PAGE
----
[Prepared text of a speech given at the Autistic Self Advocacy Network’s 10th Anniversary Gala on November 16th, 2016]
Hello! Hello, and thank you all so much for being here. How’s everyone doing?
Great. Great, that’s wonderful. I’m so glad to see you all here. We had a lot of internal conversations, over the last week, about how to go about throwing a party after the events of November 8th. And it came down to this idea, and I think it’s crucial, that joy has not gone out of the world. This is a somber time. We’re all feeling pretty grim. And as we look around and talk to each other and begin to figure out what we’re going to do now, it’s critical, it’s absolutely critical, to also set aside time to reflect on and commemorate and celebrate how far we’ve come and what we’ve done. Because, as Ari has reminded us, as Chai has told us, and as our awardees are about to demonstrate, we have come staggeringly far.
We know that change comes inch by inch–slowly, painfully, at an exhausting grinding crawl, and then sometimes all at once. We cannot move forward on grim determination alone. My job for these next ten minutes is to talk to you about what comes next, about what we do now, about what ASAN is planning and preparing for, and I have to tell you that the first thing has to be joy. We have to be able to remember and celebrate our wins and the truth that we fight for. We are looking at a long, long haul, and we’re only going to make it if we bring our joy and our love with us.
When we’re preparing for a trek such as this, it’s important to know that we cannot go it alone. The work of building strong, committed coalitions between the many communities which overlap with and make up the disability community is what will sustain us through the next few years. To return to a truism, “We must, indeed, all hang together, or most assuredly we shall all hang separately.” I am speaking to you as a disabled women, as a lesbian, as someone who loves and works and lives with trans people and people of color and people from different socioeconomic backgrounds and faiths and nationalities. We can hang together, or we can hang separately. These are our options.
Working in coalition, we have to mobilize our grassroots, right now, immediately, to defend and advance the progress we’ve made. Protecting the affordable care act. Medicaid. Deinstitutionalization. Self determination. Access to justice. As you can see in our annual report, ASAN has been systematically developing our capacity to produce accessible advocacy resources–guides to policy and action that people with cognitive disabilities, our families, and really just anyone who isn’t a lawyer can read, understand, and use. We have to build that Hidden Army, and grow our grassroots in places we haven’t before. In the past, ASAN has done a lot of very wonky policy work, and we certainly plan to continue that–let me know if anyone here wants to geek out over quality measures for MLTSS, and I’ll be there in a second! But now more than ever it is critical that we are giving our grassroots the information and the tools they need to advocate, to participate in our civic society, and to have not just a say, but the final word in decisions about our lives and our futures. Nothing about us, without us has never mattered more.
So we’re going to produce materials explaining what a bloc grant is, how public comment periods work, and how to visit your senator in their district office. We’re going to collect people’s stories about why the ACA and coverage of pre-existing conditions is so important, and we’re going to mobilize our networks to ensure that the healthcare we fought for eight years ago stays in place. We’re going to work with other organizations focusing on civil rights, voting rights, and access to justice. We’re going to make sure that whenever the minimum wage is discussed, disabled workers are included and subminimum wage is abolished. We’re going to keep fighting for Olmstead implementation and deinstitutionalization, because now is not the time to give up on life, liberty, and the pursuit of happiness. And we’re going to keep advancing our work in supported decision making and self-determination, because making choices is a human right, and human rights don’t come with 4-year waiting periods.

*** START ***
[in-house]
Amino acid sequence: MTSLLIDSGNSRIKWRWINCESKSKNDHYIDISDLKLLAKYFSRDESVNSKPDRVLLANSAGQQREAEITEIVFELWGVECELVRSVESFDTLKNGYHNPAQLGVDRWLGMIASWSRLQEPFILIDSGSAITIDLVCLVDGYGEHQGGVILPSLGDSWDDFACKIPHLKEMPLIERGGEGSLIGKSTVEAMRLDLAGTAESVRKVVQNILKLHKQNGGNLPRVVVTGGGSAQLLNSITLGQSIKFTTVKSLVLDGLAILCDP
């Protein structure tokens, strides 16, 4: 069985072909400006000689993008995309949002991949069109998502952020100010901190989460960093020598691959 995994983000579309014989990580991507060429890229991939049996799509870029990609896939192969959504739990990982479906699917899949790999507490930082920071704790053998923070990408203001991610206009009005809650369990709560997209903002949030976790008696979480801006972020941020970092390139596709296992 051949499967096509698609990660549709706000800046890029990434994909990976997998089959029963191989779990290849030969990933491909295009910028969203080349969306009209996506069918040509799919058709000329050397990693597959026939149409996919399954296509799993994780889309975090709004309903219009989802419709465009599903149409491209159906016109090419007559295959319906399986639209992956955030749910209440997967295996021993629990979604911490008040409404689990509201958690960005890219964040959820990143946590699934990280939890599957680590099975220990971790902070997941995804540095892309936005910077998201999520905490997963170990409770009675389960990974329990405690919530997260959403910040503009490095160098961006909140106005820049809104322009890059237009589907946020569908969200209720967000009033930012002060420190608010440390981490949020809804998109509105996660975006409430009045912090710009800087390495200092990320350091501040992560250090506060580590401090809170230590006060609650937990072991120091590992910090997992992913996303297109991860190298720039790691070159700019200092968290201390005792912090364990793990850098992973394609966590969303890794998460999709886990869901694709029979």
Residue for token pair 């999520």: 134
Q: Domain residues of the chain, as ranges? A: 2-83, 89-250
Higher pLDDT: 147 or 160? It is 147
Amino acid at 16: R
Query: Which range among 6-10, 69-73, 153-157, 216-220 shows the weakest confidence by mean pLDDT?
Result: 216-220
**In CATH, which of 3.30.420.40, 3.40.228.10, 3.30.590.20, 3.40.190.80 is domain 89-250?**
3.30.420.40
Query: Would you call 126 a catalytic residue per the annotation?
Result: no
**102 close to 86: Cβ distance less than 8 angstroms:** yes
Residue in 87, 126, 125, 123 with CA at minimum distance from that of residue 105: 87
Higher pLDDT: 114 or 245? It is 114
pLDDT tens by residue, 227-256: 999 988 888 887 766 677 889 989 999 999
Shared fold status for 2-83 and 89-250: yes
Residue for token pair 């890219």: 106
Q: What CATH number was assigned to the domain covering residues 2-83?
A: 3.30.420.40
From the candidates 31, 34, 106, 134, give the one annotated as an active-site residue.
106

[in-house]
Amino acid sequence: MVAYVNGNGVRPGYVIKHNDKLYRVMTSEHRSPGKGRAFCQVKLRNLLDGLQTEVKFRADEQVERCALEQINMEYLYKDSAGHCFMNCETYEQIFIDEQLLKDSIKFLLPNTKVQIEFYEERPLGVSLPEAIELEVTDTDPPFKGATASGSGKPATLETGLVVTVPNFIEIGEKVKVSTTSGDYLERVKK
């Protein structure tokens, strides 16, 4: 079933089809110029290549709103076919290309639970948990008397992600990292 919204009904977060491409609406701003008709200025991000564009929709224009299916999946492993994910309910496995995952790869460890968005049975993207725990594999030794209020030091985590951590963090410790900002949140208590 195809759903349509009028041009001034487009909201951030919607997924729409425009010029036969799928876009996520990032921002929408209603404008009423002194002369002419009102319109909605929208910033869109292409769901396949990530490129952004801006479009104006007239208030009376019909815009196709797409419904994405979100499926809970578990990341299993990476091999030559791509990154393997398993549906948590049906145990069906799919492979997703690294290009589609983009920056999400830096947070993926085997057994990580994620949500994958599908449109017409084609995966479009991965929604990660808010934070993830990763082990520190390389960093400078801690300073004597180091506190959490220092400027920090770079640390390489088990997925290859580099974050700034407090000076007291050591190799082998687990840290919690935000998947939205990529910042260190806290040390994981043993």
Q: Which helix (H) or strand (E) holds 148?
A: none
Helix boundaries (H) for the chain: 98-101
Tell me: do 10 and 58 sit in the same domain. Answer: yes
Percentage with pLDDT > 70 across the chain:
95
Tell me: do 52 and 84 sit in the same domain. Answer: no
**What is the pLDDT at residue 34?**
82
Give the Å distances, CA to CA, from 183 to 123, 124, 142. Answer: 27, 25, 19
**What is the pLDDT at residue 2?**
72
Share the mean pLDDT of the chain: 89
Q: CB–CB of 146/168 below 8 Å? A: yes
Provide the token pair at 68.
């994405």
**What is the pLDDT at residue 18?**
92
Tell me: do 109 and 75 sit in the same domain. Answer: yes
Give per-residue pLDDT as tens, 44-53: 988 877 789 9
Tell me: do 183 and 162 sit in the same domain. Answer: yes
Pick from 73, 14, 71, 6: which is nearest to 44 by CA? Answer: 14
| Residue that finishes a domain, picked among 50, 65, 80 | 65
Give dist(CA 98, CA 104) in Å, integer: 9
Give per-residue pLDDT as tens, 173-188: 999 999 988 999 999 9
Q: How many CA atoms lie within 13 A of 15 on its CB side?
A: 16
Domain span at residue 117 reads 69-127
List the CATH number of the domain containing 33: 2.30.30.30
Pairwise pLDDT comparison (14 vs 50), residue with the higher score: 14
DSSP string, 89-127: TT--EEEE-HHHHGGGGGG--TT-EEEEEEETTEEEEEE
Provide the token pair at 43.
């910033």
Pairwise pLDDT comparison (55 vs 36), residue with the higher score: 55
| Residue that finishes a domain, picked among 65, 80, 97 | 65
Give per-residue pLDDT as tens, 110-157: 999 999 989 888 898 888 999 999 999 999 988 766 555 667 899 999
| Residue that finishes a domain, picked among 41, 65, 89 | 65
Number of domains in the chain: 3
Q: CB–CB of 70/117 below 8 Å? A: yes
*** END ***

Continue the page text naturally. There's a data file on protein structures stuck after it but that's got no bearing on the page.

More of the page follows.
It’s going to be hard. Yes.
So we’ll do what’s hard.
We have always overcome impossible odds. It is something out of science fiction that we exist at all. Autistic self-advocacy, self-advocacy, disability rights and the community we have built–all organizing is science fiction, as Walidah Imarisha said, and when we organize we find ourselves building a new world. I draw strength and conviction in equal measure from the fact of our rich history. We have done so much. In just the last few years, we’ve seen an increased acknowledgement and acceptance of the fact that cure, as a concept, is not an ethical–or scientifically plausible–response to autism. Can you imagine? If you had told me five years ago that Autism Speaks would remove the word ‘cure’ from their mission statement this year, I would never have believed you. We have a lot left to do there, but we did that. The number of people with disabilities living in institutions has shrunk to a bare fraction of its peak. We did that. We defined what home and community based services mean, and as a result, the quality of life for people receiving those services has and will continue to increase as we restore autonomy, self-determination, and basic human rights. We did that. How long have we worked for those things? How hard did we fight? Is there a single person here who could call it easy?
There is so much more to be done. Even for each of the examples I’ve cited, enormous amounts of work remain–autism acceptance and self-advocate representation must replace words like “treatment” and “prevention,”; our people still trapped in institutions must be freed; we all know far too many people living nightmarish lives of quiet desperation in what we call on paper a ‘community,’ and of course even one person in that particular hell would be intolerable. The work ahead was already unrelenting, and as we look at the next few years, I think we all feel a little knocked back, a little desperate, a little panicked that after everything we’ve done, it could all be unravelled.